ProxyPass /myapp ajp://tomcat.server.domain.local:8009/myapp
        ProxyPassReverse /myapp ajp://tomcat.server.domain.local:8009/myapp
        That's usually all it takes; which is why I like it so much :-)

        However, even if you can't turn on or use AJP, you should be able to just as easily use:

        ProxyPass /myapp http://tomcat.server.domain.local:8080/myapp
        ProxyPassReverse /myapp http://tomcat.server.domain.local:8080/myapp
        Sometimes, and I repeat SOMETIMES, you may need to specify other options as well, such as:
        • ProxyPassReverseCookieDomain internal-domain public-domain
        • ProxyPassReverseCookiePath internal-path public-path

        You can refer to the mod_proxy manual at

        Hope that helps,


        • #5
          Hi Thom and Josh,

          Couple notes:

          With due respect and big thanks to Josh for offering help here, if you're using Apache 2.2 as the front-end, we recommend the connection methods in the following order:

          1. mod proxy http
          2. mod jk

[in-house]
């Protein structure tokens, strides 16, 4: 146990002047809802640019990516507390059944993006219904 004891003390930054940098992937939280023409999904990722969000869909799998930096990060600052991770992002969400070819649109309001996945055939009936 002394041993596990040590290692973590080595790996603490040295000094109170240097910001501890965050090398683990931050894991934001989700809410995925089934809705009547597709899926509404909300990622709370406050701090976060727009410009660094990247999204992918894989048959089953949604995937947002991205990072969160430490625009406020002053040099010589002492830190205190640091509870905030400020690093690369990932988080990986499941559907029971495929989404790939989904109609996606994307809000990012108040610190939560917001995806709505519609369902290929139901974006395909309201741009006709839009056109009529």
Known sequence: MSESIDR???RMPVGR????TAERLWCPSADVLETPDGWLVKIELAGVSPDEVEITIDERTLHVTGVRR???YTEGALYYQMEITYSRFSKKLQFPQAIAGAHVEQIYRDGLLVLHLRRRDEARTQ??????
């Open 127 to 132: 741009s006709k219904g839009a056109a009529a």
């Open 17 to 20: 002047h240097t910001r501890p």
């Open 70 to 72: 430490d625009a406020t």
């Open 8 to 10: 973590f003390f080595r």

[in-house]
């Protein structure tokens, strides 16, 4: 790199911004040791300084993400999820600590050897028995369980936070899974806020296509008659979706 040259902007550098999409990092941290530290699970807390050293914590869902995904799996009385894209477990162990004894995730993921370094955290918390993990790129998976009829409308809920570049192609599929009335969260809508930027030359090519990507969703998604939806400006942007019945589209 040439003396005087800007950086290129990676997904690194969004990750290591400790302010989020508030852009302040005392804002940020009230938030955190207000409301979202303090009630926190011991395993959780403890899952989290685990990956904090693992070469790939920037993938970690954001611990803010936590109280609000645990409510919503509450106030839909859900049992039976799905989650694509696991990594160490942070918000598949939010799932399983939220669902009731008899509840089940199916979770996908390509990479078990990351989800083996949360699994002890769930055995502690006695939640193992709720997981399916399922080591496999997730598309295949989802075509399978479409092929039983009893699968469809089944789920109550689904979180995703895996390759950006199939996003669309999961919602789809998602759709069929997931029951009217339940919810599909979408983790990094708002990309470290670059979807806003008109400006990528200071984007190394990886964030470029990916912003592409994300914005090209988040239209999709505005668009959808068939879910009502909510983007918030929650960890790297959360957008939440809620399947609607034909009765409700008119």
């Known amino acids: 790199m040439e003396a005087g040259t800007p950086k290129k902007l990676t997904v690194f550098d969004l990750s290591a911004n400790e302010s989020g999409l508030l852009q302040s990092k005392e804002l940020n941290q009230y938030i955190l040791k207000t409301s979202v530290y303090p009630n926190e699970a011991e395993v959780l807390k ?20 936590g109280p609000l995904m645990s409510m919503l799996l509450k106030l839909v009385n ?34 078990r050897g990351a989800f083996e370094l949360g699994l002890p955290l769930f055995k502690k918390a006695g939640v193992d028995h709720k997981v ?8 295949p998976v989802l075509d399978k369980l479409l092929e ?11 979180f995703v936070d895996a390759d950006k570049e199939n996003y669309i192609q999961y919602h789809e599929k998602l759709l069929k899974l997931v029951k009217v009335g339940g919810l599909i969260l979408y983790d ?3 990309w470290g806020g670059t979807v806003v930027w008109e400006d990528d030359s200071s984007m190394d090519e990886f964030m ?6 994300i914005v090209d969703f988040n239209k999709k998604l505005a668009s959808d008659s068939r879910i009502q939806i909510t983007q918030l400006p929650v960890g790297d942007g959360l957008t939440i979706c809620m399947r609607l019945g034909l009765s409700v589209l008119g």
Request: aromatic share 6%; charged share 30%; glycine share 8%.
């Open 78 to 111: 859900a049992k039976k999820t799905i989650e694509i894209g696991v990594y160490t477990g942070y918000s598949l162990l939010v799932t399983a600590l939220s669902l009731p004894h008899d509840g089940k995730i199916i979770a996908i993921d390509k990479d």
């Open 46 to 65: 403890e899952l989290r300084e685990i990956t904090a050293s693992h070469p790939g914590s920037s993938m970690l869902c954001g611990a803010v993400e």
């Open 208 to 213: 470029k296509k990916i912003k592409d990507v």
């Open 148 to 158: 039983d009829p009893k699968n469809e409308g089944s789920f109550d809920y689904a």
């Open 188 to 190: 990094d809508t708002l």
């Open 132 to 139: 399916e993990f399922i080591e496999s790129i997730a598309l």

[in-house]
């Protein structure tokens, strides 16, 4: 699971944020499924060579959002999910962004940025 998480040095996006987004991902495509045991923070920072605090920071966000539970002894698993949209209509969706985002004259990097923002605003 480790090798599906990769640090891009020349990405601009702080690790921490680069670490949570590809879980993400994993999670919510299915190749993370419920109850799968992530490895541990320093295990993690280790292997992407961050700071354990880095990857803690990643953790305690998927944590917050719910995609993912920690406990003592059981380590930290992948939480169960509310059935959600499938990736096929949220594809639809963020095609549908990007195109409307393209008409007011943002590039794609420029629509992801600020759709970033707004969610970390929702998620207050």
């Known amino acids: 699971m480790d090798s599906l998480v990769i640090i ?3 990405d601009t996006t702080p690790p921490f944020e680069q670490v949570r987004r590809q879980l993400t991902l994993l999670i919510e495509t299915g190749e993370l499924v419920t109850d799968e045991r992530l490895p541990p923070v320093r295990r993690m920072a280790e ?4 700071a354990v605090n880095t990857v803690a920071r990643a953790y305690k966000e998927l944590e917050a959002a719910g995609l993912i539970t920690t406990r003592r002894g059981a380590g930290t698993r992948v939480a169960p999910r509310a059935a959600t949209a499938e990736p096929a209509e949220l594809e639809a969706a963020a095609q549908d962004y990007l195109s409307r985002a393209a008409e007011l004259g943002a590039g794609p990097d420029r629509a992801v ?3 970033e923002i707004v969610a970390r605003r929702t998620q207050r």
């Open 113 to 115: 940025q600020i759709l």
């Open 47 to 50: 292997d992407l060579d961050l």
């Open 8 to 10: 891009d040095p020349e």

3. mod proxy ajp

          The HTTP protocol by virtue of it being human-readable (versus AJP 1.3 which is binary) is by far the easiest to troubleshoot and thus maintain.

          Mod_JK is the older standard (circa Apache 1.3 and 2.0), but with the functionality advances in the proxy family of modules in Apache 2.2 including load balancing with sticky sessions, the HTTP proxy module is now the easiest and best way to go.

          The mod_proxy_ajp module is the youngest of the three, and at this point in time is the least stable/reliable. (This may change in the the future.)

          [note: There may be some slight performance benefit with the AJP protocol due to it being binary, but this slight speed benefit if measurable is outweighed by the transparency of the HTTP protocol. (i.e. it can be sniffed in case of an issue). AJP connection issues can be very difficult to debug.]